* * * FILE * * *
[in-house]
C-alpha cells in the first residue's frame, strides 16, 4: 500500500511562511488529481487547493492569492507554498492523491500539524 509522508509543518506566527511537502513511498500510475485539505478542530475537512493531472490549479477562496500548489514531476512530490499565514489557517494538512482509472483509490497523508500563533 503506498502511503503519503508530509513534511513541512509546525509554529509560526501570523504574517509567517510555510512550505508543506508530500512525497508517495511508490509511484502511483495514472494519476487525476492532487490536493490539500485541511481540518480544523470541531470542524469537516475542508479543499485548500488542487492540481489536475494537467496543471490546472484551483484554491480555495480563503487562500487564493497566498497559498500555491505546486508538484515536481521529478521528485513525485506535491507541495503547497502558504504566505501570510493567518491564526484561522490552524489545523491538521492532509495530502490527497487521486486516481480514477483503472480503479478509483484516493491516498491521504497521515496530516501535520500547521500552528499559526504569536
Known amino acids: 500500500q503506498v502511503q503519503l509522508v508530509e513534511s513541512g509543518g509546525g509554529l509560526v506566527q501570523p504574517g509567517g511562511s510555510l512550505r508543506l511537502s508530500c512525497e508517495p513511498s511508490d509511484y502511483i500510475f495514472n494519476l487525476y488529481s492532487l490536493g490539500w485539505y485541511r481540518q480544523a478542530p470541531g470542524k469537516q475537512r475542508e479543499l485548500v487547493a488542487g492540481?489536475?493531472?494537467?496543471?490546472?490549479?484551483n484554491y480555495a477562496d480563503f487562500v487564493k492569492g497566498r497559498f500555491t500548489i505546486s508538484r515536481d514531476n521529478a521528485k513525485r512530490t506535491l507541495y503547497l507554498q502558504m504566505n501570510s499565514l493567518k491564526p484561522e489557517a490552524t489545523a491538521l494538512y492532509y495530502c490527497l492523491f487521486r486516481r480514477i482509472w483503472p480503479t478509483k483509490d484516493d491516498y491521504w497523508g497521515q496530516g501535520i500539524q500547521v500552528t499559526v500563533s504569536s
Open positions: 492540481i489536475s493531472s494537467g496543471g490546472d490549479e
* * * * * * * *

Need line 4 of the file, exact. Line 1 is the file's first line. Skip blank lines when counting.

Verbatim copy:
Open positions: 492540481i489536475s493531472s494537467g496543471g490546472d490549479e